Educational implications for surgical telementoring: a current review with recommendations for future practice, policy, and research
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Surgical telementoring (ST) was introduced in the sixties, promoting videoconferencing to enhance surgical education across large distances. Widespread use of ST in the surgical community is lacking. Despite numerous surveys assessing ST, there remains a lack of high-level scientific evidence demonstrating its impact on mentorship and surgical education. Despite this, there is an ongoing paradigm shift involving remote presence technologies and their application to skill development and technique dissemination in the international surgical community. Factors facilitating this include improved access to ST technology, including ease of use and data transmission, and affordability. Several international research initiatives have commenced to strengthen the scientific foundation documenting the impact of ST in surgical education and performance.
International experts on ST were invited to the SAGES Project Six Summit in August 2015. Two experts in surgical education prepared relevant questions for discussion and organized the meeting (JP and HH). The questions were open-ended, and the discussion continued until no new item appeared. The transcripts of interviews were recorded by a secretary from SAGES.
In this paper, we present a summary of the work performed by the SAGES Project 6 Education Working Group. We summarize the existing evidence regarding education in ST, identify and detail conceptual educational frameworks that may be used during ST, and present a structured framework for an educational curriculum in ST.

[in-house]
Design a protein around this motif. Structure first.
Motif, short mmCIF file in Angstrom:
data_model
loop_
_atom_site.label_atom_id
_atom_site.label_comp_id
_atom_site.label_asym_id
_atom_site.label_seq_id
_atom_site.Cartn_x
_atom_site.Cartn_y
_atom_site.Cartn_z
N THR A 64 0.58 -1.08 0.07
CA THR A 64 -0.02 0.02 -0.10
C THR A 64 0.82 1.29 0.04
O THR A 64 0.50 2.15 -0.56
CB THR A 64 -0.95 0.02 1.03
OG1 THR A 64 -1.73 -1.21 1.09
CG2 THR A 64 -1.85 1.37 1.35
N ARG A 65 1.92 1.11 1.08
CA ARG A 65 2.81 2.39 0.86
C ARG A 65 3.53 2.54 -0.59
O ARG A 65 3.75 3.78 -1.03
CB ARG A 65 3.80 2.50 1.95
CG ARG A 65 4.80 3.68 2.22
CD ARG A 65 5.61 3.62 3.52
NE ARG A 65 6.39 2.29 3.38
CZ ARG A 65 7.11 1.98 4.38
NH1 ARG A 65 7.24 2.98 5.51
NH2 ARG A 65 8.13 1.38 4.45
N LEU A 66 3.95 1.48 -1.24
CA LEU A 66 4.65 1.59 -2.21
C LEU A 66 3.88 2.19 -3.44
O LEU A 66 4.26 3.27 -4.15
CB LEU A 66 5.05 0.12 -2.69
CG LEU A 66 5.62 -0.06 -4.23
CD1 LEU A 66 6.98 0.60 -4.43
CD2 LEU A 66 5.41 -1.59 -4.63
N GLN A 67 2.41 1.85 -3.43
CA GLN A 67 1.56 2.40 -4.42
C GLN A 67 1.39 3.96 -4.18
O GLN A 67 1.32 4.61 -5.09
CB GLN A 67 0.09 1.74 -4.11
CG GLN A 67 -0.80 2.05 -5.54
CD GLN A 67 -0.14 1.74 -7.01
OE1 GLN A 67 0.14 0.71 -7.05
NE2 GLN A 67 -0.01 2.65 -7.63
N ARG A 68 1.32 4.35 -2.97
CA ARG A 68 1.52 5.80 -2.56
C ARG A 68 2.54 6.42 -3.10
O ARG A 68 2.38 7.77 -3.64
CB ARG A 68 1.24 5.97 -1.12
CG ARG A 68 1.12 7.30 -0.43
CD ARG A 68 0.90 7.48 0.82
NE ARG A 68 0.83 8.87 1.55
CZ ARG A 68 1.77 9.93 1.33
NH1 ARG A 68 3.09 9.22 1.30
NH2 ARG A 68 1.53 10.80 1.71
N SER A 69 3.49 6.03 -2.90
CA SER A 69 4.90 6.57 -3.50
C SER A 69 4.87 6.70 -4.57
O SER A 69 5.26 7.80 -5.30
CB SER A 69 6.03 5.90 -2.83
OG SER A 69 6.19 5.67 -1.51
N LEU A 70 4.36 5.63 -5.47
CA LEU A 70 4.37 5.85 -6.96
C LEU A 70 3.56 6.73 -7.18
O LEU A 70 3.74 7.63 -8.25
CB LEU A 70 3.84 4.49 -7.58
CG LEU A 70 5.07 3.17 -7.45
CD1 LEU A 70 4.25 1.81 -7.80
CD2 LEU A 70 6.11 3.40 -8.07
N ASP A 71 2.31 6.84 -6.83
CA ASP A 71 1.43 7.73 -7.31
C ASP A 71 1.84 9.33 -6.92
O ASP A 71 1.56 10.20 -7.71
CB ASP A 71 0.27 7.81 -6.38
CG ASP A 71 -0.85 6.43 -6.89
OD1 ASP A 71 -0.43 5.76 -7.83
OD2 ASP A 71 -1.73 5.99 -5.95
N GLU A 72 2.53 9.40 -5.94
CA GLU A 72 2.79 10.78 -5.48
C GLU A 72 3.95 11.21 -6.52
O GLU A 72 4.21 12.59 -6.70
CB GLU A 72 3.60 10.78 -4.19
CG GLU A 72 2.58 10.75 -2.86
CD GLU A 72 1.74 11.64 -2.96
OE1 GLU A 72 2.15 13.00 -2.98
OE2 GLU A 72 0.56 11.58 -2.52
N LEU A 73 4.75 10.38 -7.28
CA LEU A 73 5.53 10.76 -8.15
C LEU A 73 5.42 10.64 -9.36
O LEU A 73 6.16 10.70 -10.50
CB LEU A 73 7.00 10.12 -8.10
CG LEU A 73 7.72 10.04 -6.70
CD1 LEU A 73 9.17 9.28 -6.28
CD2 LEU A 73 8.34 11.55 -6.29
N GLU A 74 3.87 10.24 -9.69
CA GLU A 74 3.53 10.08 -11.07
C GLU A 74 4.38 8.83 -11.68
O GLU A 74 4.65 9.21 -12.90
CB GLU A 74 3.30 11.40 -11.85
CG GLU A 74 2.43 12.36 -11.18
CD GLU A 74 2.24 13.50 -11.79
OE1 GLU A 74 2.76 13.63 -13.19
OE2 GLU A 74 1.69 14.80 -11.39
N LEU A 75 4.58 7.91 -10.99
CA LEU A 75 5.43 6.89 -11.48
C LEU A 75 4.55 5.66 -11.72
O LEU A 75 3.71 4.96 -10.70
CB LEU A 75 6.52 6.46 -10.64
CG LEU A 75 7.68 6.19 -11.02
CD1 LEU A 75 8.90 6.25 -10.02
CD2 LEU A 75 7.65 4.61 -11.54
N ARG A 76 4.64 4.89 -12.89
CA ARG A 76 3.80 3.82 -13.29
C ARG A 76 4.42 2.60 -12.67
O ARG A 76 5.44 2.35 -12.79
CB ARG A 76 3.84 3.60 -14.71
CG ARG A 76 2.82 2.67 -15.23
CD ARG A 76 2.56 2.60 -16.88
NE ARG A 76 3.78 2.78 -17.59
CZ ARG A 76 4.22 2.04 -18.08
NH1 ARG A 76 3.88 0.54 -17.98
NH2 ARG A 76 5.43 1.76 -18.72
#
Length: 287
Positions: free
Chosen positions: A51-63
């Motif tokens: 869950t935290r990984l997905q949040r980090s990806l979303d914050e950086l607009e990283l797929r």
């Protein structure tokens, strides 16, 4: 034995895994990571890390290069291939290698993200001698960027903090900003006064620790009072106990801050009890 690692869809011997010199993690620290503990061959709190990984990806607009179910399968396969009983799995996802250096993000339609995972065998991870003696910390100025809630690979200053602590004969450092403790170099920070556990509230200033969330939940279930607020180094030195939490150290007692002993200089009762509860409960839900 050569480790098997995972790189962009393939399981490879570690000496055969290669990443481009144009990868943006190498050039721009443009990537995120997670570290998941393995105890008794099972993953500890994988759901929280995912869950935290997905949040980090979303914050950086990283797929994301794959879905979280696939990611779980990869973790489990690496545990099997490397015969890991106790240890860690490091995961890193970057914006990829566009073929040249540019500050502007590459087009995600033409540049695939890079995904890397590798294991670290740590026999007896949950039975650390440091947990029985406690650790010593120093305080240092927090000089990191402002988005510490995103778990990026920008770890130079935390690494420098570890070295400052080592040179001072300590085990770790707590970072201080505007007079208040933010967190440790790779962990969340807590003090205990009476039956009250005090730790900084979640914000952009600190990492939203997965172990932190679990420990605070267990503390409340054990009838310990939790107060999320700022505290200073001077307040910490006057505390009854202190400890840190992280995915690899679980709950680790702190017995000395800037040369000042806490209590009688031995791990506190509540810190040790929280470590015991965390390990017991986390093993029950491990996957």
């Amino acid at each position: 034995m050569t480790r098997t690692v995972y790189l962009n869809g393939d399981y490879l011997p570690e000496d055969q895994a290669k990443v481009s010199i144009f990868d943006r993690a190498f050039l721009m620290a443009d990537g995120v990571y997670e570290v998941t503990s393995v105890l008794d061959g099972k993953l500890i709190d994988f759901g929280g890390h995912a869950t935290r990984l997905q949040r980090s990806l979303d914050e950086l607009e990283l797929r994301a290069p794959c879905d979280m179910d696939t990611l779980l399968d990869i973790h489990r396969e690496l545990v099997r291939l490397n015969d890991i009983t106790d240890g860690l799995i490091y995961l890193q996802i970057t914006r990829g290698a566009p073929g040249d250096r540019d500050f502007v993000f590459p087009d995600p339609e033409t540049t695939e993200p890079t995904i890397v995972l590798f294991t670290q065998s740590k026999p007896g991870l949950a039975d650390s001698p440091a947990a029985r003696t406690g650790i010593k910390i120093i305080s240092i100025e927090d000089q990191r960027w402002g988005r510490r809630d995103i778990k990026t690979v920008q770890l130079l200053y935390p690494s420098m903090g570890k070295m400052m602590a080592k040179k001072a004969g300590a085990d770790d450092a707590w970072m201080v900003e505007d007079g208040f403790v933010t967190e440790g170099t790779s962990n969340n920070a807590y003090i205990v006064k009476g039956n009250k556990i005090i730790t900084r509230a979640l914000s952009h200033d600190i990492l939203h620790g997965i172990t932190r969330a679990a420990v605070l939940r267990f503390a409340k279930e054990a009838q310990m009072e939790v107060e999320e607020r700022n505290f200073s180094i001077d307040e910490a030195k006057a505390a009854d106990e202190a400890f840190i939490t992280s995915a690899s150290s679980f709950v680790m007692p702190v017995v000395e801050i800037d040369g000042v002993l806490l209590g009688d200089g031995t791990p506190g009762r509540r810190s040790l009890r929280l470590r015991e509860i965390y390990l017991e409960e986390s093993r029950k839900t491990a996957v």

The educational impact and optimal curricular organization of ST programs are largely unexplored. We outline the critical components of a structured ST curriculum, including prerequisites, teaching modalities, and key curricular components. We also detail research strategies critical to its continued evolution as an educational tool, including randomized controlled trials, establishment of a quality registry, qualitative research, learning analytics, and development of a standardized taxonomy.
KeywordsTelementoring Telemedicine Surgical education Surgical training Surgical technology Health policy
Rolv-Ole Lindsetmo, MD, PhD; Michael Kim, MD; Melina Vassilou, MD; Erik Dutson, MD; Maria Marcela Bailez, MD; Rifat Latifi, MD. Industry participants: Chuck Kennedy (Medtronic), Brian Witte (Ethicon), Kris Danforth (Stryker), Suzanne Jefferson (Karl Storz), Anthony Jarc (Intuitive).
Dr. Paige discloses other support from Oxford University Press, as well as grants from LSU Board of Supervisors, Acell, Inc., Intuitive Inc., HRSA, and SGEA, during the conduct of the study; he also discloses that he serves as Chair of the Continuing Education Committee for SAGES. Dr. Ponsky discloses personal fees from Conmed, during the conduct of the study. Drs. Augestad, Han, Schlachta, Dunkin, and Mellinger have no conflicts of interest or financial ties to disclose.
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